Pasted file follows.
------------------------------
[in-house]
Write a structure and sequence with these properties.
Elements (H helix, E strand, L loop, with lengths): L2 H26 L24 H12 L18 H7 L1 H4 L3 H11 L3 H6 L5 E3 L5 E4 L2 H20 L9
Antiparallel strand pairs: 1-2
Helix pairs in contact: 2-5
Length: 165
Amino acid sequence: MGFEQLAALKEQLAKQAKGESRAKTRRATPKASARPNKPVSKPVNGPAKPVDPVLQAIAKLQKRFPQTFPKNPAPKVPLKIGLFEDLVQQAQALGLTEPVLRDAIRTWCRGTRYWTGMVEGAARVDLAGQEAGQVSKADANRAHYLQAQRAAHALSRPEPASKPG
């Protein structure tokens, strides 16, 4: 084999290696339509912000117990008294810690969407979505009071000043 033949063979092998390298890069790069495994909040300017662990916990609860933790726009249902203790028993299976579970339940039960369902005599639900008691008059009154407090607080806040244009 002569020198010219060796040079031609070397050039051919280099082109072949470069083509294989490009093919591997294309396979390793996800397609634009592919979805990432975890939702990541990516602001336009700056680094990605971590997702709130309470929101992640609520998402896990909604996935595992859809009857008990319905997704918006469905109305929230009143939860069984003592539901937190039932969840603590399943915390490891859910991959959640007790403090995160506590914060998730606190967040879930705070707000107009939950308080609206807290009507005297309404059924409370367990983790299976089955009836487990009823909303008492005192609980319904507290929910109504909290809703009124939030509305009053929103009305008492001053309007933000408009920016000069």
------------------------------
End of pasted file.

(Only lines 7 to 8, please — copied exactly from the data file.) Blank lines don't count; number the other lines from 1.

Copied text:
Amino acid sequence: MGFEQLAALKEQLAKQAKGESRAKTRRATPKASARPNKPVSKPVNGPAKPVDPVLQAIAKLQKRFPQTFPKNPAPKVPLKIGLFEDLVQQAQALGLTEPVLRDAIRTWCRGTRYWTGMVEGAARVDLAGQEAGQVSKADANRAHYLQAQRAAHALSRPEPASKPG
């Protein structure tokens, strides 16, 4: 084999290696339509912000117990008294810690969407979505009071000043 033949063979092998390298890069790069495994909040300017662990916990609860933790726009249902203790028993299976579970339940039960369902005599639900008691008059009154407090607080806040244009 002569020198010219060796040079031609070397050039051919280099082109072949470069083509294989490009093919591997294309396979390793996800397609634009592919979805990432975890939702990541990516602001336009700056680094990605971590997702709130309470929101992640609520998402896990909604996935595992859809009857008990319905997704918006469905109305929230009143939860069984003592539901937190039932969840603590399943915390490891859910991959959640007790403090995160506590914060998730606190967040879930705070707000107009939950308080609206807290009507005297309404059924409370367990983790299976089955009836487990009823909303008492005192609980319904507290929910109504909290809703009124939030509305009053929103009305008492001053309007933000408009920016000069």